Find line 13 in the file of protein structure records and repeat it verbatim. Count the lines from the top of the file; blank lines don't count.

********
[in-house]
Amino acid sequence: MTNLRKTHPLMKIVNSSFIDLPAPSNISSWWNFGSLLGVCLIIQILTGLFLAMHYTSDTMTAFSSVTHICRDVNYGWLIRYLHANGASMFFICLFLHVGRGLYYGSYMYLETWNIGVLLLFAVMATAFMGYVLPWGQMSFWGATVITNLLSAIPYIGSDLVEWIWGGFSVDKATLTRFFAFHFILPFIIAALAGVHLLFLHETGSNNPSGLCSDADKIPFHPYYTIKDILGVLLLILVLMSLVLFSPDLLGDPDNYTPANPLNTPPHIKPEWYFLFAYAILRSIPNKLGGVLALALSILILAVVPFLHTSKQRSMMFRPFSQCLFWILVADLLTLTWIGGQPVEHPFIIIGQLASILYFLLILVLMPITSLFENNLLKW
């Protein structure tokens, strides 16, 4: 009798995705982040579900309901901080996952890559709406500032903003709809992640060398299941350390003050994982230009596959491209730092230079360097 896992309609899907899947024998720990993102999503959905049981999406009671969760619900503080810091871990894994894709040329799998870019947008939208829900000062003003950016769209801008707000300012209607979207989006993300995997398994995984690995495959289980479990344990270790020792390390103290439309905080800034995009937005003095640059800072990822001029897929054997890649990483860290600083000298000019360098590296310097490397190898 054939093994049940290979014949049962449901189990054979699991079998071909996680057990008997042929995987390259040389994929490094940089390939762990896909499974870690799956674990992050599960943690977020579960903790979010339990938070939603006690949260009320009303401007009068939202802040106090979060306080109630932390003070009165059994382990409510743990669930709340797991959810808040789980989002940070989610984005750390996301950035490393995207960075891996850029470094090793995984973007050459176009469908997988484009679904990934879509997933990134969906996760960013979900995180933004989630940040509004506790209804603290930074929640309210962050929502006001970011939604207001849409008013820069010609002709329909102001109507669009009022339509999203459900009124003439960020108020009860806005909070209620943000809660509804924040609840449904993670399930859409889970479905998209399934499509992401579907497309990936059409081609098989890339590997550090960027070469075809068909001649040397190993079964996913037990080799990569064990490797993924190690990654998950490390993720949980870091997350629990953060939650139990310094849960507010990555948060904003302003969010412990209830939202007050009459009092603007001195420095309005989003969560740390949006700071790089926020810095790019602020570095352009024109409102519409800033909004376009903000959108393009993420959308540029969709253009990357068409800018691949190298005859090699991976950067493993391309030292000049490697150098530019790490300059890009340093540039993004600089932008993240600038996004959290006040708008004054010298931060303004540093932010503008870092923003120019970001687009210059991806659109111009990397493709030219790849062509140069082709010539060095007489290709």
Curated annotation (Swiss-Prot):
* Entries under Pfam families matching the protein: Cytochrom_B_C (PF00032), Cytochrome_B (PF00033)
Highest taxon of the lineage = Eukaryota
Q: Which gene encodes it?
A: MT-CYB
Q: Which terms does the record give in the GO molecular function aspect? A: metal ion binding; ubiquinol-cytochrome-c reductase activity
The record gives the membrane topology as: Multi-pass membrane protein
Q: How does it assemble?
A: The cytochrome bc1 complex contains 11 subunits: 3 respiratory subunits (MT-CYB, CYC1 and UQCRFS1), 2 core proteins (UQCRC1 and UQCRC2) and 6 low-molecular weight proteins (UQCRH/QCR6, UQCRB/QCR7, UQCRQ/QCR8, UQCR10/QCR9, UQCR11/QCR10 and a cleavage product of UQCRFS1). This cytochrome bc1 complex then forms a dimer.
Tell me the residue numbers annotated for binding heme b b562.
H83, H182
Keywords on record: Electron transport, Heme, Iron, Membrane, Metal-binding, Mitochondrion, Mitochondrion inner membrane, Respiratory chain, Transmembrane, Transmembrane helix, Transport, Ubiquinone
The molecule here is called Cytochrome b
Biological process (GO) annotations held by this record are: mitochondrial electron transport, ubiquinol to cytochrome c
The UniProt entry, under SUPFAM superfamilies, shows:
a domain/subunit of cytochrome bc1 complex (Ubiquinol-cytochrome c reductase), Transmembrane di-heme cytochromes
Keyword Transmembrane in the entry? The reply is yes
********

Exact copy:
Tell me the residue numbers annotated for binding heme b b562.